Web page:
[8].Models’ performance is measured by using the expected framelevel accuracy (ACC), commonly adopted as prediction accuracy in polyphonic music tasks [7], and computed as follows:
(3) 
where is the total number of timesteps, while , and respectively denote the numbers of true positive, false positive and false negative notes predicted at timestep .
Concerning DeepESN and ESN approaches, we considered reservoirs initialized with of connectivity. Moreover, we performed a model selection on the major hyperparameters considering spectral radius and leaky integrator values in , and input scaling values in
. Training of the readout was performed through ridge regression
[9, 3] with regularization coefficient in . Moreover, based on the results of the design analysis in [6] on polyphonic music tasks, we set up DeepESN with layers composed by units, and ESN with recurrent units. We used an IP adaptation configured as in [4, 6]with a standard deviation of
.For what regards fully trained RNNs, we used the Adam learning algorithm [11]
with a maximum of 2000 epochs. In order to regularize the learning process, we applied dropout methods, a clipping gradient with a value of
and an early stopping with a patience value of . Then, we performed a model selection considering learning rate values in and dropout values in .Since randomized and fullytrained RNNs implement different learning approaches, it is difficult to set up a fair experimental comparison between them. However, we faced these difficulties by considering a comparable number of freeparameters for all the models. The number of recurrent units and freeparameters considered in the models is shown in the second and third columns of Tab. 1. Each model is individually selected on the validation sets through a grid search on hyperparameters ranges. We independently generated 5 guesses for each network hyperparametrization (for random initialization), and averaged the results over such guesses.
Model  total recurrent units  freeparameters  test ACC  computation time 
Pianomidi.de  
DeepESN  33.33 (0.11) %  386  
ESN  30.43 (0.06) %  748  
SRN  29.48 (0.35) %  3185  
LSTM  28.98 (2.93) %  2333  
GRU  31.38 (0.21) %  2821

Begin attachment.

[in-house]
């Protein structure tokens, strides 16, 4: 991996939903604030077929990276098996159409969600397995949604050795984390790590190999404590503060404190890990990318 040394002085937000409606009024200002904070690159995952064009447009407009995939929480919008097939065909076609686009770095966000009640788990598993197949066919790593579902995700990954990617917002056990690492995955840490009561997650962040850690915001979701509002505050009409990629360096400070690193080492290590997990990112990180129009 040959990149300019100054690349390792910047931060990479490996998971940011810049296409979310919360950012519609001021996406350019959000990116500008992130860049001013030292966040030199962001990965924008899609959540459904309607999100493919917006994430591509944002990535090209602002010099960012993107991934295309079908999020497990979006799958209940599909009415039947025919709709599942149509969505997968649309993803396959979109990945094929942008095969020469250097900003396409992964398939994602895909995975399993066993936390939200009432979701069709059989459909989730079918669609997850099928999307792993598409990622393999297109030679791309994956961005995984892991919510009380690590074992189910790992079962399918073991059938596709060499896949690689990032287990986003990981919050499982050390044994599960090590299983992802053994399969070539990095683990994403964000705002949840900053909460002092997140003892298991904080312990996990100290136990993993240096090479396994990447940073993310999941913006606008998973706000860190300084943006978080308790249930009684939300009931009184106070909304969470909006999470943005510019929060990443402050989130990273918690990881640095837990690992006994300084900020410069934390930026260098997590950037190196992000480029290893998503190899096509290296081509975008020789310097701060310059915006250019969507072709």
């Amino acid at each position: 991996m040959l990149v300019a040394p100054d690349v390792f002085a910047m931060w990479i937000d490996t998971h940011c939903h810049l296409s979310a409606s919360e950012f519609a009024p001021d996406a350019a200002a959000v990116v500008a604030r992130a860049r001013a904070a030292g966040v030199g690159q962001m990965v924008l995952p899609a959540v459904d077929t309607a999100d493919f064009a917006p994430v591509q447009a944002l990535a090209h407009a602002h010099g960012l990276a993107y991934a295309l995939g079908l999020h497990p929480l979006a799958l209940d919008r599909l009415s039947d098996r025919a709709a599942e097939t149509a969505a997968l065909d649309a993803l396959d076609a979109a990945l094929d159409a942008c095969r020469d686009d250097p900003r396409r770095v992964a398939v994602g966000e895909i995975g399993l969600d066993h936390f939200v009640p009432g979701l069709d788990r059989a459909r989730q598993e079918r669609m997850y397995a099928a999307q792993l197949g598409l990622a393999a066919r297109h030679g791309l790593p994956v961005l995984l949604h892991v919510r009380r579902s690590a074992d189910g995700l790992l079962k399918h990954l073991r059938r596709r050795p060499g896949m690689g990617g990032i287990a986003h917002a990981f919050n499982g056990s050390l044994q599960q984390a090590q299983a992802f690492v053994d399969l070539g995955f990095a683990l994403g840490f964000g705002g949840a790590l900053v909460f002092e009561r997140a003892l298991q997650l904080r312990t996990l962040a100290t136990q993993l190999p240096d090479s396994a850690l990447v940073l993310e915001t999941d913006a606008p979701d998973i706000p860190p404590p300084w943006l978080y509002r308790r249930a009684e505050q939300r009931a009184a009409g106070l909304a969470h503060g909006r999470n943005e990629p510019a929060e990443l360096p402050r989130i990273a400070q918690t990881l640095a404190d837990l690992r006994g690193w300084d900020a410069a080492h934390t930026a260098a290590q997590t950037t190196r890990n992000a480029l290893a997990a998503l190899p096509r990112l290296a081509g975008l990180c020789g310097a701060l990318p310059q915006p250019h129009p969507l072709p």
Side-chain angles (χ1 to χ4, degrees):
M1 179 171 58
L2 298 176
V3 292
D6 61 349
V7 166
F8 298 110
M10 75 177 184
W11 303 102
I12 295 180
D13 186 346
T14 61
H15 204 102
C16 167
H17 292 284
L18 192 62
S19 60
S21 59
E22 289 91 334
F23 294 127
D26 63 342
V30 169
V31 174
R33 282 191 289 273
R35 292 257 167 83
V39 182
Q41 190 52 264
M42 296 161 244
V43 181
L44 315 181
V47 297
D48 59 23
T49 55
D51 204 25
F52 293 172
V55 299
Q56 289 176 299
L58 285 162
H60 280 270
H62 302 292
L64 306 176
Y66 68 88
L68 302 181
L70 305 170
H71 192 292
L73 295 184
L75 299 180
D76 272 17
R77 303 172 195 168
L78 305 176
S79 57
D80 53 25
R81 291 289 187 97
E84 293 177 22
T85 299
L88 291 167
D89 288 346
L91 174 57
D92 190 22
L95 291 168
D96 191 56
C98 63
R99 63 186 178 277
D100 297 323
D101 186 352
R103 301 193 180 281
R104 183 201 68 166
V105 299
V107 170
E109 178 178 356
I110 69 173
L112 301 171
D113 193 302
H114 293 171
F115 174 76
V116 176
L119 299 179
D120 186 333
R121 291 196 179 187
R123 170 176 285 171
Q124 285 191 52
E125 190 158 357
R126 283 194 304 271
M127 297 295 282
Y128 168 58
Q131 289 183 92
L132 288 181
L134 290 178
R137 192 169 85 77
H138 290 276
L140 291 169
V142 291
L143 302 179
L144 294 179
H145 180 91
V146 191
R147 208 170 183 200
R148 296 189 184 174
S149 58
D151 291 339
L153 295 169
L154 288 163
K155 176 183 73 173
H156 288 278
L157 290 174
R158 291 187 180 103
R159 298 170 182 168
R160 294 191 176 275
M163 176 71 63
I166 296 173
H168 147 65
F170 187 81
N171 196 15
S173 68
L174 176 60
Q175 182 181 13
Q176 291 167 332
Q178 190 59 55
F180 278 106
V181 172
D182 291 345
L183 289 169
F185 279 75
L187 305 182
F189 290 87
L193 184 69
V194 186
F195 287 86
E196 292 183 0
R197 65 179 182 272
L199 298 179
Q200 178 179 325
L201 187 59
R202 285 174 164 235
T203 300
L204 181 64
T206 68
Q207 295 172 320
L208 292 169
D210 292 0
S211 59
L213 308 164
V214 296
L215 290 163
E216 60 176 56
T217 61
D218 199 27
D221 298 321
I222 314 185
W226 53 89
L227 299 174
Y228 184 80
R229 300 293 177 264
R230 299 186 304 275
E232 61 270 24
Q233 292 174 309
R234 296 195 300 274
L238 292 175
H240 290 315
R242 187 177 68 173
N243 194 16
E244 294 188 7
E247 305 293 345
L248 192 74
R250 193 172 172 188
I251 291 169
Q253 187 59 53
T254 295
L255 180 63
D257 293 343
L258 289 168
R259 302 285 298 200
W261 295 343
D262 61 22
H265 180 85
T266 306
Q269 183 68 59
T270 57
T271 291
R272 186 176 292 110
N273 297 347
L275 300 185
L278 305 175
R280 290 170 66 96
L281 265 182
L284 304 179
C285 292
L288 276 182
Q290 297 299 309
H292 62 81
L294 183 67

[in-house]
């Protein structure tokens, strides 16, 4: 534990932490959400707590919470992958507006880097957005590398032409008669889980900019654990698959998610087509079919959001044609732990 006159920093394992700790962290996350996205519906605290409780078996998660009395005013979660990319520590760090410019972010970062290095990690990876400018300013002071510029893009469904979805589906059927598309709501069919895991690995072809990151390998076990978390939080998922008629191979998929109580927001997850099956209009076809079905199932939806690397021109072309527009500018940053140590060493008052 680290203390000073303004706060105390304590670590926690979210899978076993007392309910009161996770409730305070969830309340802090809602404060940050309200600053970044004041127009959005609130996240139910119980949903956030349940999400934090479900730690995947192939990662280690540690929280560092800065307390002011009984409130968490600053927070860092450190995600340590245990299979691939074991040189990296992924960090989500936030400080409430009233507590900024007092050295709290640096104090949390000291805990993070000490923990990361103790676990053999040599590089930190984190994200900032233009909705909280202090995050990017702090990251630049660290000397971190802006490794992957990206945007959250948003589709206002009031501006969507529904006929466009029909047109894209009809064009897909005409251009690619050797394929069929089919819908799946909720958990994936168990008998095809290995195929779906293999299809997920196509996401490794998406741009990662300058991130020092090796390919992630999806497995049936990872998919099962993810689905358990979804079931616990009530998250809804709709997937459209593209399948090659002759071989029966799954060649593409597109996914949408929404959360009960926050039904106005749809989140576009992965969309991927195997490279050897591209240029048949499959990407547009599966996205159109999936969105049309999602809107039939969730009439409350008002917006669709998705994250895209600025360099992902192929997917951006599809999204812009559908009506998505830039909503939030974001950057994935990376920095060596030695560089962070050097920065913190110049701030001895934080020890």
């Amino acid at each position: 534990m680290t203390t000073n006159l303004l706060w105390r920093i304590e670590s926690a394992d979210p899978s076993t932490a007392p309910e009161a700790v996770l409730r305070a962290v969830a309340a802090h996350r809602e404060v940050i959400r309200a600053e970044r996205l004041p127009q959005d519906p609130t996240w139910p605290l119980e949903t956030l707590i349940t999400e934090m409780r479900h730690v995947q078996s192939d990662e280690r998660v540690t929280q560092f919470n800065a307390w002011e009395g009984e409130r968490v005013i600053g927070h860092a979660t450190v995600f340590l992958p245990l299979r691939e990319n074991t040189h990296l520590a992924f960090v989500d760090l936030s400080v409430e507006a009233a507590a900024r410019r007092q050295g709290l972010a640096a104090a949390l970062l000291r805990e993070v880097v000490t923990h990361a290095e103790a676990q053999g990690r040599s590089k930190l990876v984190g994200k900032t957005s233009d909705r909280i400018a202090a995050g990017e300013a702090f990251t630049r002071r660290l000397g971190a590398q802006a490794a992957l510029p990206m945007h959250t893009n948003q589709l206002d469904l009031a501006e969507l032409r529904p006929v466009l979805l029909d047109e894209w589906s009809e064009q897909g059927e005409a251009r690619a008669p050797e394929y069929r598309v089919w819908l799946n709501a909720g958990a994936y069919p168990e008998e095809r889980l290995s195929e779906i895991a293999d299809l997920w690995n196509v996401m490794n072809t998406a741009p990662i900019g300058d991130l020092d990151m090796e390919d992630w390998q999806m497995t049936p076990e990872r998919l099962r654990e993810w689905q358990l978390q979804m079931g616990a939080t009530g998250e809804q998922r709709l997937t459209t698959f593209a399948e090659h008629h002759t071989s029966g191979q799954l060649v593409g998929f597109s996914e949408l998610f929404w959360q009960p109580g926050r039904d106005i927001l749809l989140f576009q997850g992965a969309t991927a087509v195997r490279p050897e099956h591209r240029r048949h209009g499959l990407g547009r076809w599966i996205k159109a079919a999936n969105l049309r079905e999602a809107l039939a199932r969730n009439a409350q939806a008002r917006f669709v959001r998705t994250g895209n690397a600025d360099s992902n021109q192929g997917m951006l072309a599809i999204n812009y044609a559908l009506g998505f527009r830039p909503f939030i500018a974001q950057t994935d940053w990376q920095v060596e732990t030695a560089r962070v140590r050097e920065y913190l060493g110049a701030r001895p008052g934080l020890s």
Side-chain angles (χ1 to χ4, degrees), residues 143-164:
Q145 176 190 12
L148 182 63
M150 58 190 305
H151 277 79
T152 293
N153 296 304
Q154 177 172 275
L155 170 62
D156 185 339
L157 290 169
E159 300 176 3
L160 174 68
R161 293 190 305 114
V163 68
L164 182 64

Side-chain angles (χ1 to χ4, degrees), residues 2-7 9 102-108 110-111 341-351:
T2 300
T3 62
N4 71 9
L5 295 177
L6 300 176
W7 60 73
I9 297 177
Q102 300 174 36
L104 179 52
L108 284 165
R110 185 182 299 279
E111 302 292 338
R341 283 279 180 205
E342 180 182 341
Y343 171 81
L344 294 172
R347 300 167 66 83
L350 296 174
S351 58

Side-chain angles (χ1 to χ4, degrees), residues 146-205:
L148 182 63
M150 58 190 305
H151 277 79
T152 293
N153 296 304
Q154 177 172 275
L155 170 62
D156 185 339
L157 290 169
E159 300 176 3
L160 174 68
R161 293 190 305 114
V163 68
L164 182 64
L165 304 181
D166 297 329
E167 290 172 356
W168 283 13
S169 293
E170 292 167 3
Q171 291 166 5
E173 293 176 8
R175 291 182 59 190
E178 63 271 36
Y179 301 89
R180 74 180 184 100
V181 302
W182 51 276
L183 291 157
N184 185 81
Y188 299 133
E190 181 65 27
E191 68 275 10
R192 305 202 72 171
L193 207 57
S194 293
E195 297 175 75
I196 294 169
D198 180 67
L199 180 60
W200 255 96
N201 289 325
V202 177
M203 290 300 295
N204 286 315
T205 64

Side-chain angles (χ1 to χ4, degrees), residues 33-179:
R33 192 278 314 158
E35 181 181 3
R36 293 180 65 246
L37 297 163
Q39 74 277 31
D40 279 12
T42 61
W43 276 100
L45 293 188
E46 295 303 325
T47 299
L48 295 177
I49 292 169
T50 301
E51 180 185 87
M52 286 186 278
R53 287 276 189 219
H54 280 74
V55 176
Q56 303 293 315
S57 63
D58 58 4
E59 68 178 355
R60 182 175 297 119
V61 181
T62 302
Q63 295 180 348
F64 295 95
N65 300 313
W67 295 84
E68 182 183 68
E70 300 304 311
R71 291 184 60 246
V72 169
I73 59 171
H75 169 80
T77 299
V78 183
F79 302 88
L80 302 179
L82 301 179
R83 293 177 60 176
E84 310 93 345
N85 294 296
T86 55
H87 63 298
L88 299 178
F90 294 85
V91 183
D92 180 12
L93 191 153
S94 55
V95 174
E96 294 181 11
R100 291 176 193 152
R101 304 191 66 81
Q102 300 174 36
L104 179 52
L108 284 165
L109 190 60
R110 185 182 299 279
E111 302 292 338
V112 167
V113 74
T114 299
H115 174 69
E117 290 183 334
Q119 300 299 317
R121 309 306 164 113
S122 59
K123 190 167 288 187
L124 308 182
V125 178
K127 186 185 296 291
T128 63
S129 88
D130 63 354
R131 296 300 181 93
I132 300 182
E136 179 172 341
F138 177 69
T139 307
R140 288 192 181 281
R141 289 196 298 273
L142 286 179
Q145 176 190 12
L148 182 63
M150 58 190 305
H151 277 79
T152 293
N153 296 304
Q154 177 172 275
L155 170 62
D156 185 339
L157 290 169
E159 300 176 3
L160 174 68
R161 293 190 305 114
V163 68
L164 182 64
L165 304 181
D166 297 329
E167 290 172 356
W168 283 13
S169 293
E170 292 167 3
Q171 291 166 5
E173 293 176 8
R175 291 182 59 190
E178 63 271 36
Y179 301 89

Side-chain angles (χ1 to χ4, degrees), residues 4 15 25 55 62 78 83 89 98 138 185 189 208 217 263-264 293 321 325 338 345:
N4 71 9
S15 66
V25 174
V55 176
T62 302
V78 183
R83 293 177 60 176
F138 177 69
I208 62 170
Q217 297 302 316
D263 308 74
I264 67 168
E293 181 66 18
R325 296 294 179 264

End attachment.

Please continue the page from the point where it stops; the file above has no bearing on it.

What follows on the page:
MuseData  
DeepESN  36.32 (0.06) %  789  
ESN  35.95 (0.04) %  997  
SRN  34.02 (0.28) %  8825  
LSTM  34.71 (1.17) %  18274  
GRU  35.89 (0.17) %  18104  
JSBchorales  
DeepESN  30.82 (0.12) %  83  
ESN  29.14 (0.09) %  140  
SRN  29.68 (0.17) %  341  
LSTM  29.80 (0.38) %  532  
GRU  29.63 (0.64) %  230  
Nottingham  
DeepESN  69.43 (0.05) %  677  
ESN  69.12 (0.08) %  1473  
SRN  65.89 (0.49) %  2252  
LSTM  70.00 (0.24) %  26175  
GRU  71.50 (0.77) %  11844 
In accordance with the different characteristics of the considered training approaches (direct methods for RC and iterative methods for fullytrained models) we preferred the most efficient method in all the considered cases. Accordingly, we used a MATLAB implementation for DeepESN and ESN models, and a Keras implementation for fullytrained RNNs. We measured the time in seconds spent by models in training and test procedures, performing experiments on a CPU “Intel Xeon E5, 1.80GHz, 16 cores” in the case of RC approaches, and on a GPU “Tesla P100 PCIe 16GB” in the case of fullytrained RNNs, with the same aim to give the best resource to each of them.
Tab. 1 shows the number of recurrent units, the number of freeparameters, the predictive accuracy and the computation time (in seconds) achieved by DeepESN, ESN, SRN, LSTM and GRU models. For what regards the comparison between RC approaches in terms of predictive performance, results indicate that DeepESN outperformed ESN with an accuracy improvement of , , and on Pianomidi.de, MuseData, JSBchorales and Nottingha tasks, respectively. Concerning the comparison between fullytrained RNNs, GRU obtained a similar accuracy to SRN and LSTM models on JSBchorales task and it outperformed them on Pianomidi.de, MuseData and Nottingham tasks.
The efficiency assessments show that DeepESN requires about less that one order of magnitude of computation time with respect to fullytrained RNNs, boosting the already striking efficiency of standard ESN models. Moreover, while ESN benefits in terms of efficiency only by exploiting the sparsity of reservoirs (with of connectivity), in the case of DeepESN the benefit is intrinsically due to the architectural constraints involved by layering [6] (and are obtained also with fullyconnected layers).
Overall, the DeepESN model outperformed all the other approaches on 3 out of 4 tasks, resulting extremely more efficient with respect to fullytrained RNNs.
4 Conclusions